LOL: Why humour is the key to success at work

By Robert Half on 12 October 2014

Truth is, there are plenty of benefits of cracking a joke or two while in the workplace. The catch is to not get too carried away.

People tend to tone humour down at work in Asia and your office is probably the last place you’ll expect to clown around in. But a well-employed joke or two could actually be beneficial for your career and boost success at work.

Read on and find out why a good sense of humour can have several advantages.

You appear more approachable

Humour is a great way of bringing together people from different levels of the company hierarchy. Employees are probably more likely to feel comfortable around a manager who cracks the occasional self-deprecating joke than one who constantly maintains a stiff upper lip.

Reduces stress levels and builds team morale

As the old saying goes, “laughter is the best medicine”. When used correctly, humour is a great way of diffusing a tense situation and can help clear your mind to focus on solving the work problem.

Builds trust and forges bonds

People tend to put on their game face when at work and may take themselves too seriously, so when someone displays their sense of humour, it’s a refreshing change of pace. It allows you to show more of the true personality behind your “professional mask”, and is a great way of chipping away at the walls we tend to put up while at work. This, in turn leads to an increase in productivity and creativity.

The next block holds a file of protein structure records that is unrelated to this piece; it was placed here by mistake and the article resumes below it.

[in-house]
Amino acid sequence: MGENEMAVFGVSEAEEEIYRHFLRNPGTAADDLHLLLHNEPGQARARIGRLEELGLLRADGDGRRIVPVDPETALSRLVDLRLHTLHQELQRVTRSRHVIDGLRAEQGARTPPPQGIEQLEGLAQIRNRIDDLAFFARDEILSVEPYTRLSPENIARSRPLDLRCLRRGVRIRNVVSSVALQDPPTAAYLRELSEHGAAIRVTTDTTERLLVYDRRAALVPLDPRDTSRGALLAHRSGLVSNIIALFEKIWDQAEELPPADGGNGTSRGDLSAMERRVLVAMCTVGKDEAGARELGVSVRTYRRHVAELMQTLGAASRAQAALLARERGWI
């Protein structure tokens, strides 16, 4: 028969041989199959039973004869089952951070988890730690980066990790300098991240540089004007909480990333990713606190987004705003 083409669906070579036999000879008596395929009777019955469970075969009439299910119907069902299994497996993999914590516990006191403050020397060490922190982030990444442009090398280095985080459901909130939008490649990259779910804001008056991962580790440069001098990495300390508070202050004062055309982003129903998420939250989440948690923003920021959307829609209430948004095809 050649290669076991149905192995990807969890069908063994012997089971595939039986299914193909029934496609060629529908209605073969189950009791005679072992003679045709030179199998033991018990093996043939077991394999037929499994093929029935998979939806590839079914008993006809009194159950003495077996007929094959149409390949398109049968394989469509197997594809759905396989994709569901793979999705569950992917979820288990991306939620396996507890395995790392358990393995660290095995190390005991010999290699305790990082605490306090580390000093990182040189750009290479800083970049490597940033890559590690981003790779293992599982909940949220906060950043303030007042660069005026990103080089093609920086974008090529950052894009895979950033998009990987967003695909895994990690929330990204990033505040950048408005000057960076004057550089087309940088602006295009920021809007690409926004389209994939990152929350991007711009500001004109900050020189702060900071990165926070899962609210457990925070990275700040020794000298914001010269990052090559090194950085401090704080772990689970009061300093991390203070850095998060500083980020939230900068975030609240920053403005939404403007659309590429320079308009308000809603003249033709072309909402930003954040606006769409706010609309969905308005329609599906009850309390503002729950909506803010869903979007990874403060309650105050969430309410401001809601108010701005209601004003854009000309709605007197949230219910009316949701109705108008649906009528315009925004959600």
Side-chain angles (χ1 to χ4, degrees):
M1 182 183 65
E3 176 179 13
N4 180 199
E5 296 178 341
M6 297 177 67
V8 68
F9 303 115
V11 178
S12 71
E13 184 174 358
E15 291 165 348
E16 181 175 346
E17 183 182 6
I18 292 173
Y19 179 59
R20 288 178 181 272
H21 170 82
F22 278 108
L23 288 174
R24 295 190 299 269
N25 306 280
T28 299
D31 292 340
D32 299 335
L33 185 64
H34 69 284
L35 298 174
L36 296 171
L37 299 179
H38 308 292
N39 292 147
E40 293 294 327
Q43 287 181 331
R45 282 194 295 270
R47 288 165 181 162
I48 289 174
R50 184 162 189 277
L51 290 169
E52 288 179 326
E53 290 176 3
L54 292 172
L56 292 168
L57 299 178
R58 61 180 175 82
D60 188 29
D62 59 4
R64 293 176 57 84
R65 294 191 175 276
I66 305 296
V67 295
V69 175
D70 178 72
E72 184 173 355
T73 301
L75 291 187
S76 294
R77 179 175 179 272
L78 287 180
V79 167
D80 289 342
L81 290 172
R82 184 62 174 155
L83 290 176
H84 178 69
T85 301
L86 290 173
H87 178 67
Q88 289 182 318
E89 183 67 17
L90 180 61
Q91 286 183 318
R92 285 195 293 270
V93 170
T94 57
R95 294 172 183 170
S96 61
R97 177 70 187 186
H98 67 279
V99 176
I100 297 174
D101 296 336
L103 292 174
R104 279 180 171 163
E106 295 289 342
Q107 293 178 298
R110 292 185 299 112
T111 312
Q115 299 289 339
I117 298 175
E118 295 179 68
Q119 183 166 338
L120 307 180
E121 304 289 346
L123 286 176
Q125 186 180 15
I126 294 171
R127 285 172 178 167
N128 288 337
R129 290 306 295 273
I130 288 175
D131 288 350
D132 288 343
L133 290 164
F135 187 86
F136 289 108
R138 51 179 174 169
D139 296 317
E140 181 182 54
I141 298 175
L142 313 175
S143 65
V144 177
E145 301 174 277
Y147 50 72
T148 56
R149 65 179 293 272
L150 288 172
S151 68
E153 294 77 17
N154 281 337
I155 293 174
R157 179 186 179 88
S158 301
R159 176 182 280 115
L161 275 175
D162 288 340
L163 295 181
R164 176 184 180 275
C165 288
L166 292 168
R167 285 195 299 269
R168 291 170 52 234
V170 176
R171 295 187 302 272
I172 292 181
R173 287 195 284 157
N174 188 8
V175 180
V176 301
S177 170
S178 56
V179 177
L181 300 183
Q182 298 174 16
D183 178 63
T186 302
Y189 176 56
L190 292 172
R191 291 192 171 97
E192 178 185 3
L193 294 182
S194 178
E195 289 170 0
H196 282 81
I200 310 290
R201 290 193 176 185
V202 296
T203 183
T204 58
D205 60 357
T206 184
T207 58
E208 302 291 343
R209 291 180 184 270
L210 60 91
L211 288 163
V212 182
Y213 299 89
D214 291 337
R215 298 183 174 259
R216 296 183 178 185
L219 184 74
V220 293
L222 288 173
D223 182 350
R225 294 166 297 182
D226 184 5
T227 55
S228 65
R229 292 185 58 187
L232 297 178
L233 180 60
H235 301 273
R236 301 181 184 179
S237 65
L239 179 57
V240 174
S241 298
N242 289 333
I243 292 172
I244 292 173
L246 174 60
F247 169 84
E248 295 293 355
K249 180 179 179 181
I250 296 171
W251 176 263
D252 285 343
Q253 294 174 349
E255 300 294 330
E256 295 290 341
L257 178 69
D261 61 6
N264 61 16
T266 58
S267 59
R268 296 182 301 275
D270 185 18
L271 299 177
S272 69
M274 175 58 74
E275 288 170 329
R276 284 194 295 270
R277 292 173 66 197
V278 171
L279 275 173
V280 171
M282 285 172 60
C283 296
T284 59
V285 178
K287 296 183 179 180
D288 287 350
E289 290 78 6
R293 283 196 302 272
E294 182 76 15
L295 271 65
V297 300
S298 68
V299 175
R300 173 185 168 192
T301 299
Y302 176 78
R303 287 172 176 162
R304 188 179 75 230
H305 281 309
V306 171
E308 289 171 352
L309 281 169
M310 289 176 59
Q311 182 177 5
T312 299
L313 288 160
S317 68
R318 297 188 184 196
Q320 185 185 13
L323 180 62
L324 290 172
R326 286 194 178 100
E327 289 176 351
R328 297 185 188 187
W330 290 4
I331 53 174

Produces smarter, better work 

Humour and creativity are both similar in the sense that it involves looking at the same thing as everyone else and seeing something else. Both involve taking a risk, toying with different ideas and coming up with new and often unlikely associations. Think about it, don’t you find it easier to hit on a bright idea when you’re chilling with your colleagues over a beer compared to when all of you are holed up in a staid meeting room?

However, it’s important to remember that there’s a time and place for humour. It’s never appropriate to crack sexist, ageist, racist or any other form of discriminatory jokes, even if you brush it off it with a “Just kidding”. Always laugh along with people, not at them. Use humour to lift people up, not put them down.

Also, you have to be mindful about who your audience is. If you’re in a meeting with a roomful of serious senior executives, it may not be the best of settings to goof around. But if you’re at a company retreat with these same executives and everyone is in a relaxed mood, a well-timed pun or wisecrack could actually position you in a positive light.

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